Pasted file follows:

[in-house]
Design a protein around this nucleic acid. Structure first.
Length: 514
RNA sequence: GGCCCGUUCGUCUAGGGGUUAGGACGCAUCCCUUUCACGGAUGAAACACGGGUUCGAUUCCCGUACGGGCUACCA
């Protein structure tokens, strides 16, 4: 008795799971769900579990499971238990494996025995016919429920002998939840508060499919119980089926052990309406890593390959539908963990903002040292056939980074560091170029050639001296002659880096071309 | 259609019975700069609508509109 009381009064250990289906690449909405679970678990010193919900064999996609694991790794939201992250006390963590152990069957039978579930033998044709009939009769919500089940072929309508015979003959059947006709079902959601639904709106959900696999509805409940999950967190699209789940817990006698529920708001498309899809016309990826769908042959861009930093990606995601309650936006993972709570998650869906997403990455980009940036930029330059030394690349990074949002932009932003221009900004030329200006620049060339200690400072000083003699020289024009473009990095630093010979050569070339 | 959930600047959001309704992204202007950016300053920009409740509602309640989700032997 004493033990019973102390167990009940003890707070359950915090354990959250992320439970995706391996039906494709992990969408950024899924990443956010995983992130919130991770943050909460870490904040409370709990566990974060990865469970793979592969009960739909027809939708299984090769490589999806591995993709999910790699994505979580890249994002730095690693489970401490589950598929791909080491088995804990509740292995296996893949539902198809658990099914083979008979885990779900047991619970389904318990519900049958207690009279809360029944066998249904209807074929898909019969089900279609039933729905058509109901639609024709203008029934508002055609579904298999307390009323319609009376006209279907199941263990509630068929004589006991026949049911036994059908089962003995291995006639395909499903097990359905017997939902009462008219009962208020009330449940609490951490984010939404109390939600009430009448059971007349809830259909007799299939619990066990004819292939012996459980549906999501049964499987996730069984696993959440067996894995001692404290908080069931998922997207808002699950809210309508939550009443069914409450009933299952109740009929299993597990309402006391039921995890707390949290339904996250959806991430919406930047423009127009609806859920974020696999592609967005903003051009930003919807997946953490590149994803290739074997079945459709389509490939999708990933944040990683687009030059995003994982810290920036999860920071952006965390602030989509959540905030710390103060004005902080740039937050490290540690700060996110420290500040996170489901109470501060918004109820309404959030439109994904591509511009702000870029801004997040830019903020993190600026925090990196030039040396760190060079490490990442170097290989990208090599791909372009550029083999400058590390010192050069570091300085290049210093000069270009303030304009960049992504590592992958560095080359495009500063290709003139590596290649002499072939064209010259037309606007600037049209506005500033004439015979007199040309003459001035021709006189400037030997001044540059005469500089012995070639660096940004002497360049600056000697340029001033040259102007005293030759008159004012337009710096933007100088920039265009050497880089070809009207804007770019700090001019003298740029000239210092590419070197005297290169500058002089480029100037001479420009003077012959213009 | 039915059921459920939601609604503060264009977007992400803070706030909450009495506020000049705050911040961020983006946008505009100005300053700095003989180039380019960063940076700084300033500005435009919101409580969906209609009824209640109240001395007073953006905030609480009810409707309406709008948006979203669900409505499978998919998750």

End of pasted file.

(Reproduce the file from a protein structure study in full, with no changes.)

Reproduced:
[in-house]
Design a protein around this nucleic acid. Structure first.
Length: 514
RNA sequence: GGCCCGUUCGUCUAGGGGUUAGGACGCAUCCCUUUCACGGAUGAAACACGGGUUCGAUUCCCGUACGGGCUACCA
């Protein structure tokens, strides 16, 4: 008795799971769900579990499971238990494996025995016919429920002998939840508060499919119980089926052990309406890593390959539908963990903002040292056939980074560091170029050639001296002659880096071309 | 259609019975700069609508509109 009381009064250990289906690449909405679970678990010193919900064999996609694991790794939201992250006390963590152990069957039978579930033998044709009939009769919500089940072929309508015979003959059947006709079902959601639904709106959900696999509805409940999950967190699209789940817990006698529920708001498309899809016309990826769908042959861009930093990606995601309650936006993972709570998650869906997403990455980009940036930029330059030394690349990074949002932009932003221009900004030329200006620049060339200690400072000083003699020289024009473009990095630093010979050569070339 | 959930600047959001309704992204202007950016300053920009409740509602309640989700032997 004493033990019973102390167990009940003890707070359950915090354990959250992320439970995706391996039906494709992990969408950024899924990443956010995983992130919130991770943050909460870490904040409370709990566990974060990865469970793979592969009960739909027809939708299984090769490589999806591995993709999910790699994505979580890249994002730095690693489970401490589950598929791909080491088995804990509740292995296996893949539902198809658990099914083979008979885990779900047991619970389904318990519900049958207690009279809360029944066998249904209807074929898909019969089900279609039933729905058509109901639609024709203008029934508002055609579904298999307390009323319609009376006209279907199941263990509630068929004589006991026949049911036994059908089962003995291995006639395909499903097990359905017997939902009462008219009962208020009330449940609490951490984010939404109390939600009430009448059971007349809830259909007799299939619990066990004819292939012996459980549906999501049964499987996730069984696993959440067996894995001692404290908080069931998922997207808002699950809210309508939550009443069914409450009933299952109740009929299993597990309402006391039921995890707390949290339904996250959806991430919406930047423009127009609806859920974020696999592609967005903003051009930003919807997946953490590149994803290739074997079945459709389509490939999708990933944040990683687009030059995003994982810290920036999860920071952006965390602030989509959540905030710390103060004005902080740039937050490290540690700060996110420290500040996170489901109470501060918004109820309404959030439109994904591509511009702000870029801004997040830019903020993190600026925090990196030039040396760190060079490490990442170097290989990208090599791909372009550029083999400058590390010192050069570091300085290049210093000069270009303030304009960049992504590592992958560095080359495009500063290709003139590596290649002499072939064209010259037309606007600037049209506005500033004439015979007199040309003459001035021709006189400037030997001044540059005469500089012995070639660096940004002497360049600056000697340029001033040259102007005293030759008159004012337009710096933007100088920039265009050497880089070809009207804007770019700090001019003298740029000239210092590419070197005297290169500058002089480029100037001479420009003077012959213009 | 039915059921459920939601609604503060264009977007992400803070706030909450009495506020000049705050911040961020983006946008505009100005300053700095003989180039380019960063940076700084300033500005435009919101409580969906209609009824209640109240001395007073953006905030609480009810409707309406709008948006979203669900409505499978998919998750």